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Saskatchewan Premier Scott Moe speaks at a COVID-19 news update at the Legislative Building in Regina on Wednesday March 18, 2020.Michael Bell/The Canadian Press

Saskatchewan Premier Scott Moe says U.S. President Donald Trump’s order to an American company to stop shipping protective masks to Canada is “nothing short of a betrayal.”

Moe said Trump’s directive to 3M regarding N95 respirators makes the discussion around COVID-19 protective supplies in Canada all the more urgent.

The premier called the U.S. decision “reckless” and says he is reaching out to American governors to try to get it reversed.

“This decision is nothing short of a betrayal of our two great nations shared history of working together in times of need,” Moe said at a news conference Friday.

“In this time of a pandemic, it is even more important that our nations strengthen our resolve to work together to fight this unseen enemy.”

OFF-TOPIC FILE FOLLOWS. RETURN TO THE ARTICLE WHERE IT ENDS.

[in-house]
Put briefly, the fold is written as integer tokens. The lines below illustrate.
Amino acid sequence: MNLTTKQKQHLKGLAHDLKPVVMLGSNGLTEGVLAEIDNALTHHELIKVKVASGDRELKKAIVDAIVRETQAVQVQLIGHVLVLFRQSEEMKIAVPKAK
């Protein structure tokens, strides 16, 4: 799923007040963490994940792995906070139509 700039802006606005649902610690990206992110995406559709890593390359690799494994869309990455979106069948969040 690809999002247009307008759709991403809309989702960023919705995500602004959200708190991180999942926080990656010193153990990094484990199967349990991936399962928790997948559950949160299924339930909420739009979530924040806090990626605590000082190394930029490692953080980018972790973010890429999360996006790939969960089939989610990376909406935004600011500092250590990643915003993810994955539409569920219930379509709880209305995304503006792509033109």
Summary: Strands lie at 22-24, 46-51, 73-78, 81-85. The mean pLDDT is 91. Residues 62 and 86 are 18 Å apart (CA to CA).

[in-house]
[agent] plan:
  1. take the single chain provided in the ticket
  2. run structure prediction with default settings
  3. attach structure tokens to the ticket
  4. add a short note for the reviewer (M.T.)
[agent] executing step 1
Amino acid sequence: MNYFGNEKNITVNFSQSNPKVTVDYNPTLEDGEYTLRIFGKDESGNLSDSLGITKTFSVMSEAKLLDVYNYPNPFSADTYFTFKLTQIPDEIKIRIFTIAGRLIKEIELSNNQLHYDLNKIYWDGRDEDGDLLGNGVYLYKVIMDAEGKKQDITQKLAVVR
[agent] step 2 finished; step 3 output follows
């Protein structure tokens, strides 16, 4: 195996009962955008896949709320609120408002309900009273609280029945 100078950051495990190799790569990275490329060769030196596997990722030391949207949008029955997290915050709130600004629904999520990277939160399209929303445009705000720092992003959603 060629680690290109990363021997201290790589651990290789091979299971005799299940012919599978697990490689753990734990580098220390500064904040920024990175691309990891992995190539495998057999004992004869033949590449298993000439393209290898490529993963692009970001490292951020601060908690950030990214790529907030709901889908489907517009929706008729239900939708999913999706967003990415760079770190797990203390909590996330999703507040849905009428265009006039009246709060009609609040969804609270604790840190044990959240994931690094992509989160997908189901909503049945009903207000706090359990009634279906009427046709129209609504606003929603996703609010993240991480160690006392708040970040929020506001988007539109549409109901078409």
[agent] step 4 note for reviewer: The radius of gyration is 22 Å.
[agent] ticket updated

Moe said Canada should take a serious look at manufacturing its own supplies as other countries may also try to save medical gear for their own citizens.

He was recently part of a call with other premiers, Prime Minister Justin Trudeau and Deputy Prime Minister Chrystia Freeland to talk about the response to the outbreak.

Accessing personal protective equipment was discussed, said Moe. There have been talks about how masks, gloves and gowns can be acquired through the federal government and shared with areas that need them the most.

Saskatchewan has announced 14 new cases of COVID-19 for a total of 220.

“We are one nation,” Moe said. “We do have provinces that are short of supplies today and tomorrow.”

Dr. Saqib Shahab, Saskatchewan’s chief medical health officer, said the province’s supply of protective gear is adequate, although he noted that face masks should be saved for health-care workers.

The province said an employee at an assisted-living facility in Regina recently tested positive for COVID-19. It said the employee works at a centre operated by Eden Care and the virus does not appear to have spread to residents or other staff.

The Ministry of Health said residents who have been in contact with the worker will have to isolate for 14 days and be checked for symptoms.

Moe said, effective immediately, workers at long-term care centres will be monitored for COVID-19 symptoms and have their temperatures checked before their shifts.